EU citizens living in the UK could become the next victims of the so-called “hostile environment” immigration policies which have hit the “Windrush generation” of Caribbean-born UK citizens, according to politicians, academics, and campaign groups.
“There are large numbers of EU migrants who a few years from now are quite likely to fall into the same trap as the Windrush migrants unless the ‘hostile environment’ policy is changed,” said Robert Ford, a professor of political science at the University of Manchester.
“It’s likely that we are talking about tens of thousands — possibly hundreds of thousands — of people.
“That’s deportation, job loss, housing loss, and healthcare loss. That is what will happen to some people who are completely innocent five to ten years from now unless the policy changes.”
There are approximately 3.6 million EU nationals who live in the UK, and the Home Office faces the task of registering them as permanent British citizens after Brexit — a bureaucratic challenge of unprecedented scale.
Concerns among EU citizens about their future treatment were amplified last week when a series of damning Guardian reports revealed that the Home Office had harassed and threatened to deport numerous ‘Windrush’ immigrants, who moved to the UK legally from the Caribbean from 1948. “The Windrush situation has shown that [the Home Office’s policy] can be quite indiscriminate,” said Nicolas Hatton, co-founder of EU citizens’ rights group the3million. “I’ve received a lot of messages since the Windrush situation started from people that are really worried. It raised the level of anxiety among EU citizens by a notch.”
Home Secretary Amber Rudd insists that registration of EU nationals will be a simple and straightforward process — complete with a new, user-friendly ‘app’ — which is “completely different” from the troubled permanent residency system which it currently operates.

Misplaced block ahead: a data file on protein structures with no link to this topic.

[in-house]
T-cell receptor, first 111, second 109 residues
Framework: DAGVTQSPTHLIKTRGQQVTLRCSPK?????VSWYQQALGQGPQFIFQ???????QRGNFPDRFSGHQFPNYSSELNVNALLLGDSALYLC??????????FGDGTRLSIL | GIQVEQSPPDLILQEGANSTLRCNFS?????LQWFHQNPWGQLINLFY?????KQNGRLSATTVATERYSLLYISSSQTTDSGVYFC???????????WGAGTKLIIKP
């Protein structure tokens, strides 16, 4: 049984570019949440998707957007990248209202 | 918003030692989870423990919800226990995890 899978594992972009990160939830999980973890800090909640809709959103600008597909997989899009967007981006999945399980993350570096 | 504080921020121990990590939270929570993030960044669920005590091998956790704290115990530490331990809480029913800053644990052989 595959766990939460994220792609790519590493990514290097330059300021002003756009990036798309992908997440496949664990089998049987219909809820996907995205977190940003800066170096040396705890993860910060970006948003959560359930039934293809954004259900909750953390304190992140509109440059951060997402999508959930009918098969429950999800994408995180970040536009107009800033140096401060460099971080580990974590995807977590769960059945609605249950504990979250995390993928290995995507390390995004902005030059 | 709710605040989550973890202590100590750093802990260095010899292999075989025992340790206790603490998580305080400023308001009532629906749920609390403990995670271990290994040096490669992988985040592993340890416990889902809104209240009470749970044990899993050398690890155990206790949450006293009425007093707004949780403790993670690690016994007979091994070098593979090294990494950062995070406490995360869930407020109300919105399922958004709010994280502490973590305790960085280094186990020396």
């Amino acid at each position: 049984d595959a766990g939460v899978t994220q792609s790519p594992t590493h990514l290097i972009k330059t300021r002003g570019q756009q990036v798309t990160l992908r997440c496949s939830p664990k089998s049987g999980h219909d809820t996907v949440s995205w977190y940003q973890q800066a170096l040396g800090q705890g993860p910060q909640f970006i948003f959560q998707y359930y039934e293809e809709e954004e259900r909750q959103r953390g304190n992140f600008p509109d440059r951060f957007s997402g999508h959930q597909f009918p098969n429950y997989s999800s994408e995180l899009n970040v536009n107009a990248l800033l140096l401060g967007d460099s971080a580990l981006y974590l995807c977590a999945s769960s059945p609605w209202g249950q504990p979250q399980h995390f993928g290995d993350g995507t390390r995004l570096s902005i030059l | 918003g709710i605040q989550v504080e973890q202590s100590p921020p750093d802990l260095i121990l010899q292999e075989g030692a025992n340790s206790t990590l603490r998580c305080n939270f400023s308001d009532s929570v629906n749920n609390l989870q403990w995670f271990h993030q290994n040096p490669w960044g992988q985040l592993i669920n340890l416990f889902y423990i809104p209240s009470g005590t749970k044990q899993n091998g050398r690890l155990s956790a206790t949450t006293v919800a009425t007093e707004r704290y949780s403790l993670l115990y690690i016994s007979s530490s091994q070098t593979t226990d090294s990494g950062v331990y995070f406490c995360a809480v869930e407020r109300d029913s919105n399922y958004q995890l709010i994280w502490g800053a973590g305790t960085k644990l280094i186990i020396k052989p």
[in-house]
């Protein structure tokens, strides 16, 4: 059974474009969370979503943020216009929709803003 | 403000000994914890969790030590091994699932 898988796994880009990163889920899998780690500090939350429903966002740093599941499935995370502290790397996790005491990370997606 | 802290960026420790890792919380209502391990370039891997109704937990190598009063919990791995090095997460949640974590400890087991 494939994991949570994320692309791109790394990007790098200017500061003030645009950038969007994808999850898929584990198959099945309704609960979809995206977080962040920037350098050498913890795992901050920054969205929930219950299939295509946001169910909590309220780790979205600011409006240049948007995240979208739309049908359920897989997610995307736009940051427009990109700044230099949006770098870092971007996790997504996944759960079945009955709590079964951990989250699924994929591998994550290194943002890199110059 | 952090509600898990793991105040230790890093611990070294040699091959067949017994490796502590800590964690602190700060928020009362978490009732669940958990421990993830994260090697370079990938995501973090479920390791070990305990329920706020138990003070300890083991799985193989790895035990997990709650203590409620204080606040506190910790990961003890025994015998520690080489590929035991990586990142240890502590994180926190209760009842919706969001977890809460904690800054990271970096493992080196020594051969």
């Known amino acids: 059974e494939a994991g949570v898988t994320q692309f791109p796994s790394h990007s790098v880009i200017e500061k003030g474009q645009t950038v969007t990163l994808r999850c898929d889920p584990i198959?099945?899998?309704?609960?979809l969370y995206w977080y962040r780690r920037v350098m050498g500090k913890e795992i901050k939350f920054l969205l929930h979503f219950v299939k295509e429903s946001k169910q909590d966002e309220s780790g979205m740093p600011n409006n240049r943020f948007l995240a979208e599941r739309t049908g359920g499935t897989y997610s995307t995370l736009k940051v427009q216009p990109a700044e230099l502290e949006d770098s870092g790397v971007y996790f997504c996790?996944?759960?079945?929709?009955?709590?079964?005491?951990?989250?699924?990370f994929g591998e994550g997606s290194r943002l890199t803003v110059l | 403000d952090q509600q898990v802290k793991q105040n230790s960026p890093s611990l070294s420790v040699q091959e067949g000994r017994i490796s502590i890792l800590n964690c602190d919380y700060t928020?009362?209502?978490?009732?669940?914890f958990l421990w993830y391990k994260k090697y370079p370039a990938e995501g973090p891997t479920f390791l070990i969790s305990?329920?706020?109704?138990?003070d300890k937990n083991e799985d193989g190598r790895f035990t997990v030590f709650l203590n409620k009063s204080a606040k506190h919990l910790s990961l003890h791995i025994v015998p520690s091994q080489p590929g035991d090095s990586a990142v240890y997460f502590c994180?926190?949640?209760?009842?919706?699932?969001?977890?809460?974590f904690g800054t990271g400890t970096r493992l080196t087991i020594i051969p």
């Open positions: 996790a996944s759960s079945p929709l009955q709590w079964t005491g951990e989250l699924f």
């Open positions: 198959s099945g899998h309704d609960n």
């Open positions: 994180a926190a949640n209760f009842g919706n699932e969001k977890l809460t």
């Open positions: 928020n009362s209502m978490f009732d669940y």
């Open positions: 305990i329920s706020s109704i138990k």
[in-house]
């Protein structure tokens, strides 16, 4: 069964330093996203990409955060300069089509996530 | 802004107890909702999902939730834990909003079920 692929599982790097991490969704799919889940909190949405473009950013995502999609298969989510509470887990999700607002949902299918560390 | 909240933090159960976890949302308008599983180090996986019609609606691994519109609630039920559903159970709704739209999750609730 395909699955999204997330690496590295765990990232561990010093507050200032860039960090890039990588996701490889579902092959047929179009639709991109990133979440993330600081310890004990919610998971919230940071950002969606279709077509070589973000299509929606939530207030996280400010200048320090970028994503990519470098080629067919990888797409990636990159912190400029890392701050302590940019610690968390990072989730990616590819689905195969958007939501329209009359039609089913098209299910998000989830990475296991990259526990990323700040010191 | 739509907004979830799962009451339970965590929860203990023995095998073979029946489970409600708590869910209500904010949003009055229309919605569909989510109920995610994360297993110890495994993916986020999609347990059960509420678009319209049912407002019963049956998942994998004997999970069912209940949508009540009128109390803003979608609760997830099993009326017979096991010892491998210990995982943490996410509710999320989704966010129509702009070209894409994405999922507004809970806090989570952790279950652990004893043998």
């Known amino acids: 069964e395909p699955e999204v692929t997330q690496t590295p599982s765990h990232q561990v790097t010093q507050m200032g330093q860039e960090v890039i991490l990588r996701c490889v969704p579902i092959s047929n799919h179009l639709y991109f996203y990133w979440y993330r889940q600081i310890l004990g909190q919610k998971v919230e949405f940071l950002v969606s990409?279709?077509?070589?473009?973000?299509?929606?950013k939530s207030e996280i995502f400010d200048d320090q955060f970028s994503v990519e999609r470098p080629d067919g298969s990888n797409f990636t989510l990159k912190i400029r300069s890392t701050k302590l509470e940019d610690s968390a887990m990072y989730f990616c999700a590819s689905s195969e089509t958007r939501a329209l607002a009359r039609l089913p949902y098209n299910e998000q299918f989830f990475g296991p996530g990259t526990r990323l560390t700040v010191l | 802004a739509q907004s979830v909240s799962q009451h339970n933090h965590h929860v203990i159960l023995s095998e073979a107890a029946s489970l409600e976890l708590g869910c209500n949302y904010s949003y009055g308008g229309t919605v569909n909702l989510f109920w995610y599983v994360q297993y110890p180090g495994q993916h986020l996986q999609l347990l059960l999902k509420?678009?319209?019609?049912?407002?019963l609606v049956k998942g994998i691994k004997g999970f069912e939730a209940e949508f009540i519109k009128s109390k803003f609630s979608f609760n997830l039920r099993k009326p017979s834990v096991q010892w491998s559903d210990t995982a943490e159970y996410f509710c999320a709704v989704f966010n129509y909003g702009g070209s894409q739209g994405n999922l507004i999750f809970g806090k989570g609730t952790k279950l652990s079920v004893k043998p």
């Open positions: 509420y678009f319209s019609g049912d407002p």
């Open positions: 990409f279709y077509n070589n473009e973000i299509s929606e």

She said there will be a “presumption in favour of granting status” which will allow caseworkers to speedily process large numbers of applications.
The concern, however, is that some EU citizens will fail to register, or struggle to provide sufficient documentation to prove their residency status in the UK, meaning they would fall victim to the Home Office’s heavily criticised ‘hostile environment’ policy.
That policy, championed by Theresa May in 2012 when she was Home Secretary, is targeted towards illegal immigrants and designed to make life as difficult as possible for people without the right documentation by forcing employers and landlords to check on the immigration status of prospective applicants.
“Even if the Home Office’s failure rate was one-tenth of what it has been with the Windrush migrants, the population size of EU citizens means that, on probability, a lot of people are going to be faced with a lot of misery,” Ford said.
“That’s what the rules are designed to do. It’s to make the lives of people who fall through the gaps miserable. The basic philosophy of the rules is that they assume the guilty and the innocent can be easily and straightforwardly sifted from each other. They can’t.”
The cause has also been taken up by Guy Verhofstadt, the European Parliament’s Brexit co-ordinator, who warned last week that EU citizens face a “bureaucratic nightmare” after Brexit, adding: “Certainly after the Windrush scandal in Britain, we want to be sure the same is not happening to our EU citizens.”
Such pleas appear to be falling on deaf ears within government.
When representatives from the3million met immigration minister Caroline Nokes earlier this week, they sought reassurance that EU citizens would be exempted from the ‘hostile environment’ policy, but Nokes was unable to offer that guarantee. She merely insisted there was a “big distinction” between the Windrush generation and EU citizens because the latter group is better-documented.
The prime minister herself also seems unlikely to ditch the ‘hostile environment’ policy which defined her tenure as Home Secretary.
“Much of May’s success has been built on the idea that it’s never possible to be too hardline on immigration. The public wants control and stern action,” said Ford. “She’s delivered that throughout her career and it’s got all the way to Number 10.”
That sentiment was echoed by one former senior civil servant who worked with May at the Home Office. They told BI that she was slow to reach decisions but did so firmly and was reluctant to back-track on policy positions once she settled on them.
The Windrush scandal tested the limits to May’s hardline immigration stance this week, and saw her record as Home Secretary come under intense scrutiny. She is likely to be tested even more severely if EU citizens are enveloped in a similar scandal.